Connection Lost: Showtime Loses Rupert Wyatt As Director & Executive Producer of 'Halo'

After years of waiting, and what looks like a few more yet before fans will finally see that ‘Halo‘ television series on Showtime, it looks like the project has suffered yet another blow this week, losing its director and executive producer due to a change in the production schedule that Rupert Wyatt could not accommodate.

Fortunately, at least in public, the parting between Wyatt and Showtime seems amicable as when Wyatt left the series this week, he offered the following remarks for the fans following the progress of the long-anticipated show:

“It’s with great disappointment that changes to the production schedule of Halo prevent me from continuing in my role as a director on the series. My time on ‘Halo’ has been a creatively rich and rewarding experience with a phenomenal team of people. I now join the legion of fans out there, excited to see the finished series and wishing everyone involved the very best.”

Wyatt’s words sounded very positive in regards to the series itself, which should comfort fans fearful his leaving might be a bad omen, especially after so many delays already. But Showtime still seems confident in their investment and the future of the show. According to a statement made by Gary Levine, Showtime Network’s President of Programming, in regards to the situation:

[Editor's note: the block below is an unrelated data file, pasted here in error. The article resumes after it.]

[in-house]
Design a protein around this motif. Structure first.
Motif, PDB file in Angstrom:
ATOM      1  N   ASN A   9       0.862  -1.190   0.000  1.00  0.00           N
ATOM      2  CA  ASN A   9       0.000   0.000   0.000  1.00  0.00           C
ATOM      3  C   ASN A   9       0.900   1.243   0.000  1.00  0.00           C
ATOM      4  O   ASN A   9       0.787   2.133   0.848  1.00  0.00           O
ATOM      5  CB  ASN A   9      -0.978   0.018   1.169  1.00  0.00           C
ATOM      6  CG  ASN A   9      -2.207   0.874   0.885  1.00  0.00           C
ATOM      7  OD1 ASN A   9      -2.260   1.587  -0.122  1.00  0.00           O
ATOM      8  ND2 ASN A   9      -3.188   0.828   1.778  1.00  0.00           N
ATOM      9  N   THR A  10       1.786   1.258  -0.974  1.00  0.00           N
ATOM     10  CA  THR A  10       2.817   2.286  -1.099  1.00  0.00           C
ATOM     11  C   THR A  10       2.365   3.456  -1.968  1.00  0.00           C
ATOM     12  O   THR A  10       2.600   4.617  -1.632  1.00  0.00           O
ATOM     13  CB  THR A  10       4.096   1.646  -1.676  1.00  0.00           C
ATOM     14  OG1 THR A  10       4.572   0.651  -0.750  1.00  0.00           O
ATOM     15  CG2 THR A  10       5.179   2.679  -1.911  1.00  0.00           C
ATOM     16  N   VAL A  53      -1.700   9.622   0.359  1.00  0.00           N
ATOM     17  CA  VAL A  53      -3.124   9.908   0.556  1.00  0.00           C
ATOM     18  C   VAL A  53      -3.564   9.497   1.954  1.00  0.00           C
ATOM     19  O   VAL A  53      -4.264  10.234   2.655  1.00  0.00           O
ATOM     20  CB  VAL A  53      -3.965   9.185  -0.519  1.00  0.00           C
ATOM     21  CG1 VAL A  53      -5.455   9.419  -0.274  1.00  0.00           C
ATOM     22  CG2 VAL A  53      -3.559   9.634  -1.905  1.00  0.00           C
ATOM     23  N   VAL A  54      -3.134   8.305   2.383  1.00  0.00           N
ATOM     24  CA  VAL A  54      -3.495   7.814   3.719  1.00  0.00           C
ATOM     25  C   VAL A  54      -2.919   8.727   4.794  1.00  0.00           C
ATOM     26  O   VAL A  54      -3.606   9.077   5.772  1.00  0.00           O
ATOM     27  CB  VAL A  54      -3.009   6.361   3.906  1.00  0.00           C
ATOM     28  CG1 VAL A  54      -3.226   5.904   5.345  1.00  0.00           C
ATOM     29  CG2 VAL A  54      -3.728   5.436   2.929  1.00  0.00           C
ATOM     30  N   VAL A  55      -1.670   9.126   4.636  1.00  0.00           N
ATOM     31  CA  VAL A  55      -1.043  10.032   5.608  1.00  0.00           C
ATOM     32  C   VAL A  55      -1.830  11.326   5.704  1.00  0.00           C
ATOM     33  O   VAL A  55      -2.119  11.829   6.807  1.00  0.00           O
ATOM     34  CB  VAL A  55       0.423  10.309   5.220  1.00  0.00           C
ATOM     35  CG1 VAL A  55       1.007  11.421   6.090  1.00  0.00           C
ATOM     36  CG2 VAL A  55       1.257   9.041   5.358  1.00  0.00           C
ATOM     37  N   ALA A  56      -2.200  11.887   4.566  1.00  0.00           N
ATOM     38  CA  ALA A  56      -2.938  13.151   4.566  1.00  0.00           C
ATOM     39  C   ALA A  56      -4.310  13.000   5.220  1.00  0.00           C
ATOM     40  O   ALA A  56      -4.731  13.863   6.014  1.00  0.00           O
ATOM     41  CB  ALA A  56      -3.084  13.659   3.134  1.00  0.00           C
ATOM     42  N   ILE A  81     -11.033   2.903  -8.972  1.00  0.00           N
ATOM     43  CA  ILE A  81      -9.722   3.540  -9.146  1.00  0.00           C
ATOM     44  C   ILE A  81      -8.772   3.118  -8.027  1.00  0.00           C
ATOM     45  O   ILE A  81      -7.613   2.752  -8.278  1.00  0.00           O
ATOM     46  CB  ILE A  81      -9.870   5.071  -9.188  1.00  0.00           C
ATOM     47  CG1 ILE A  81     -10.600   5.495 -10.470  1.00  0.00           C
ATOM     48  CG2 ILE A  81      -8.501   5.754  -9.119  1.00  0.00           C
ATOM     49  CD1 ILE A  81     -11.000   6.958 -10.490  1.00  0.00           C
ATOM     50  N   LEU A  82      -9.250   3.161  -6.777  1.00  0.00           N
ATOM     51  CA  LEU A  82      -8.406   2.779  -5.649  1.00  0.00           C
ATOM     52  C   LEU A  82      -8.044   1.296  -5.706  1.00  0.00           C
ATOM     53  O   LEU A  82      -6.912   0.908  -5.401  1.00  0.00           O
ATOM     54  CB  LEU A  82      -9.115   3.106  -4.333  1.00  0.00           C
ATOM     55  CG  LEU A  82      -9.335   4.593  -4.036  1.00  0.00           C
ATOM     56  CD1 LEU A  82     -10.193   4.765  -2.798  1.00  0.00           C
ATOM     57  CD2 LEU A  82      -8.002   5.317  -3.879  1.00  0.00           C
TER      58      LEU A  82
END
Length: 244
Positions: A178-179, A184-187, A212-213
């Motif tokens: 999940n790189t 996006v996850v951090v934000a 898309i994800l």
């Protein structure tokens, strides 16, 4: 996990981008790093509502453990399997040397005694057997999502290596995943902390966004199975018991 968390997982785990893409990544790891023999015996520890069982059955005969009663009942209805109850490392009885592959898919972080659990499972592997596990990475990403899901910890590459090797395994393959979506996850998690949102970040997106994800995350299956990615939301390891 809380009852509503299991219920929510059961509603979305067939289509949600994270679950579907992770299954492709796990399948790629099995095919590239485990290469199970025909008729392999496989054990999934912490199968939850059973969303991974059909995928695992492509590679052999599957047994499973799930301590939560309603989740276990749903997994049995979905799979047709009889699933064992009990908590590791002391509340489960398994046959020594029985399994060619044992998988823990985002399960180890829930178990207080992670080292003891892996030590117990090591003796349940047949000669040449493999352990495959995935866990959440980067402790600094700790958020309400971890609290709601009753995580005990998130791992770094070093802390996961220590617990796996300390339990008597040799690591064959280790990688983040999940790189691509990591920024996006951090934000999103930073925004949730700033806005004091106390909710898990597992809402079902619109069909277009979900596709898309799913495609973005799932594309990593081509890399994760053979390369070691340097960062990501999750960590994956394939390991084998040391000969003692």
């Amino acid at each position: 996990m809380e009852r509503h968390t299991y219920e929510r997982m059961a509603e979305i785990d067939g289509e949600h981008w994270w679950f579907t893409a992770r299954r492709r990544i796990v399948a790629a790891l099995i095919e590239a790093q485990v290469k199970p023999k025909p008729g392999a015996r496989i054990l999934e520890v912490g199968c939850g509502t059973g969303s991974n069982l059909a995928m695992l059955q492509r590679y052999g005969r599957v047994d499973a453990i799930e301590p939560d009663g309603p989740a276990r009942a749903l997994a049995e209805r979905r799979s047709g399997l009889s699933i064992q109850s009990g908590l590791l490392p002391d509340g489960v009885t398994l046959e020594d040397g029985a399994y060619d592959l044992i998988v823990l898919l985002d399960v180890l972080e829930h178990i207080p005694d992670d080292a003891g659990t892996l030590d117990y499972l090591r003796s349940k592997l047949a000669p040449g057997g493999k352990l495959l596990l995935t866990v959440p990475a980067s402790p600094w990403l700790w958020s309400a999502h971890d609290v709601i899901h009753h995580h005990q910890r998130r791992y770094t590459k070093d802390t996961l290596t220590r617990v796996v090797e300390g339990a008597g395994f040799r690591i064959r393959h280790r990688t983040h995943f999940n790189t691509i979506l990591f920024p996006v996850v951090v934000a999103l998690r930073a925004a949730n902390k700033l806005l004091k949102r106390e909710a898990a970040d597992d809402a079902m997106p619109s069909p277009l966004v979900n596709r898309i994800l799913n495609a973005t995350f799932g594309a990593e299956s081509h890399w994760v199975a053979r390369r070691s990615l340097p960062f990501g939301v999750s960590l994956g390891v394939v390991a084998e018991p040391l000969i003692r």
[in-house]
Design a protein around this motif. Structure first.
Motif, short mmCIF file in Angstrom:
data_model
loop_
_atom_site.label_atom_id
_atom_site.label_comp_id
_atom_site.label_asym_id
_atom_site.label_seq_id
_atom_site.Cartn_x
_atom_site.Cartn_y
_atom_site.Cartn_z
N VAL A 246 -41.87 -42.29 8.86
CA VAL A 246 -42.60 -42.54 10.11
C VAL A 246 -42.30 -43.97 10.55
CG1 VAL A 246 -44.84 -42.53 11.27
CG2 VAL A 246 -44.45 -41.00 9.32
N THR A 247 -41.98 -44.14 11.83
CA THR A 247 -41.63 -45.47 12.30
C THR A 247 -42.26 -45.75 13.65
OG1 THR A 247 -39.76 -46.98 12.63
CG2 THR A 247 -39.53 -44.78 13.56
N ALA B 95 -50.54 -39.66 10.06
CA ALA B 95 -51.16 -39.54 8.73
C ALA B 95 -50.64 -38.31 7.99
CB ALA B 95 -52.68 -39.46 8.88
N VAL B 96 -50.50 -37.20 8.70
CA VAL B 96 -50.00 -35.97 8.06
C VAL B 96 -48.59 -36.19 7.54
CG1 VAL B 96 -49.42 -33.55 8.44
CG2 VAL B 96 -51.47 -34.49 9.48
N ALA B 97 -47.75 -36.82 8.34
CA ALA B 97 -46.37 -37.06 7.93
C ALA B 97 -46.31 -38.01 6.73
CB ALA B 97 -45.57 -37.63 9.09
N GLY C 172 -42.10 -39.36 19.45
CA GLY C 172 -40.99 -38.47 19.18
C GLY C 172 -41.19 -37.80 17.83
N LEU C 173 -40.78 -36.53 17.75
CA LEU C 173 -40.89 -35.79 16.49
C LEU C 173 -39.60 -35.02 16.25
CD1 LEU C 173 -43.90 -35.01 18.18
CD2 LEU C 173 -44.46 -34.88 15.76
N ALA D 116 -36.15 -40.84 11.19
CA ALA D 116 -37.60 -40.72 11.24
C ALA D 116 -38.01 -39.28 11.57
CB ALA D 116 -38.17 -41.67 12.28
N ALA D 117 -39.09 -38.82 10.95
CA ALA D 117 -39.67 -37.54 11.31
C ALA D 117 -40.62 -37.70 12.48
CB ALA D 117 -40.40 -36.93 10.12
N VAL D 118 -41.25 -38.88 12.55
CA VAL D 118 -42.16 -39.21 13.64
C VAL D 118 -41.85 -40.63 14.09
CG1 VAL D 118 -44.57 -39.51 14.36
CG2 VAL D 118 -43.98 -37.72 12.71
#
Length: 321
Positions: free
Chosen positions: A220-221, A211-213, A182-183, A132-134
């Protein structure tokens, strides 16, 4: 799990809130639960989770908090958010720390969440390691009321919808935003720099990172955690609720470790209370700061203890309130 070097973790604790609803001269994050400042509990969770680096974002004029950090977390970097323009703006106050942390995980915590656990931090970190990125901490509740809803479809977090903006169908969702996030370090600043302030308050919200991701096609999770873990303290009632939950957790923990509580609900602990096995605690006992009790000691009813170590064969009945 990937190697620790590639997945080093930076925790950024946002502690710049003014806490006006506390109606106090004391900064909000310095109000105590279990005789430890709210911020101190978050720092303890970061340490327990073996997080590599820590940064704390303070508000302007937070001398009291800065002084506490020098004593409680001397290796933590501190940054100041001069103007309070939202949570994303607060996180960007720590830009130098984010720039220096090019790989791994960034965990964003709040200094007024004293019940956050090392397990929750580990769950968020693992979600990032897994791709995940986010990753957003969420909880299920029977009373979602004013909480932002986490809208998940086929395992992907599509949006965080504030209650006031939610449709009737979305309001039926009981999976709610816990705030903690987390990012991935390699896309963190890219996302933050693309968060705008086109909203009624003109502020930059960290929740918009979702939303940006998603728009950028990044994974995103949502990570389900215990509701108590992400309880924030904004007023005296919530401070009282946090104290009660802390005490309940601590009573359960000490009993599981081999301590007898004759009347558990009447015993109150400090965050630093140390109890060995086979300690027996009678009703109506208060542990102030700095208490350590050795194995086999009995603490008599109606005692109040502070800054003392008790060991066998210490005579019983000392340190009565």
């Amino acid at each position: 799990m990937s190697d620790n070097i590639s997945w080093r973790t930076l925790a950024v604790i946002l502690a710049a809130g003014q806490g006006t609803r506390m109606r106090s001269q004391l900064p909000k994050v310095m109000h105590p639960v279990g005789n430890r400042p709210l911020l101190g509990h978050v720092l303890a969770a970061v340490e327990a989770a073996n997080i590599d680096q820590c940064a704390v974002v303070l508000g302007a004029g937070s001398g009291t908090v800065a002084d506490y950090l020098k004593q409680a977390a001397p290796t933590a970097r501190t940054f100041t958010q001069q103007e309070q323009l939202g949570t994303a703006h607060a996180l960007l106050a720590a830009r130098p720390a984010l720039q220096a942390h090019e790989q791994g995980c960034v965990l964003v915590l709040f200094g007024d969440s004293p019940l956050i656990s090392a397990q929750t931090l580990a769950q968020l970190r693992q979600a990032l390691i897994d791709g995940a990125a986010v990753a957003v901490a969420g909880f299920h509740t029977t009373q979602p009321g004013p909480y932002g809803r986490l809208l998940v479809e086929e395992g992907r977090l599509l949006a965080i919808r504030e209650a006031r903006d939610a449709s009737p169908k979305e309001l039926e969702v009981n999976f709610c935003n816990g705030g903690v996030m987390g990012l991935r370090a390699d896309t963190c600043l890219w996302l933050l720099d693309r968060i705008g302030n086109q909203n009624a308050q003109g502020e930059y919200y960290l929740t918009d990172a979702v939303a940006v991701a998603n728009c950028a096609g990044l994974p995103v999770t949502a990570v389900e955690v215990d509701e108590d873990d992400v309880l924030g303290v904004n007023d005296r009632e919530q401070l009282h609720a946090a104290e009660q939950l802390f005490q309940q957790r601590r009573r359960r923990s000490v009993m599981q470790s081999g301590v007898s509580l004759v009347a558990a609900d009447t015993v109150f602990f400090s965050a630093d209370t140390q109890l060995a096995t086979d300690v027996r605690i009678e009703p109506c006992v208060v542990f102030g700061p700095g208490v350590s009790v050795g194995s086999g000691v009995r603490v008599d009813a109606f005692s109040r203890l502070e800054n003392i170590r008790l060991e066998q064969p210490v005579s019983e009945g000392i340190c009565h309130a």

“Showtime’s adaptation of Halo is evolving beautifully with rich characters, compelling stories and powerful scripts. Obviously, the production demands of this series are enormous, and we have had to add time to the schedule in order to do it right. Sadly, this delay has created a conflict for Rupert, whom we warmly thank for all he has brought to the project.”

As most fans remember, ‘Halo’ started off initially as a series that would have premiered on Xbox itself as part of its original content package that they announced back in 2013, a venture that seemed full of promise with names like Peter Jackson and Steven Spielberg rumored and eventually attached. Over the past 5 years, it has gone through what some might describe as development hell before finally landing at Showtime where it is finally moving forward, with production originally set to begin in 2019, though that might get pushed now as they look for a new director and continue to look for their cast.

What are your thoughts on Rupert Wyatt stepping down? Could there be more strife behind the scenes? Or is it simply a scheduling conflict as Showtime pushes for the show to be bigger and more expansive than originally planned? As always, feel free to share your theories in the comments below!

Source: Deadline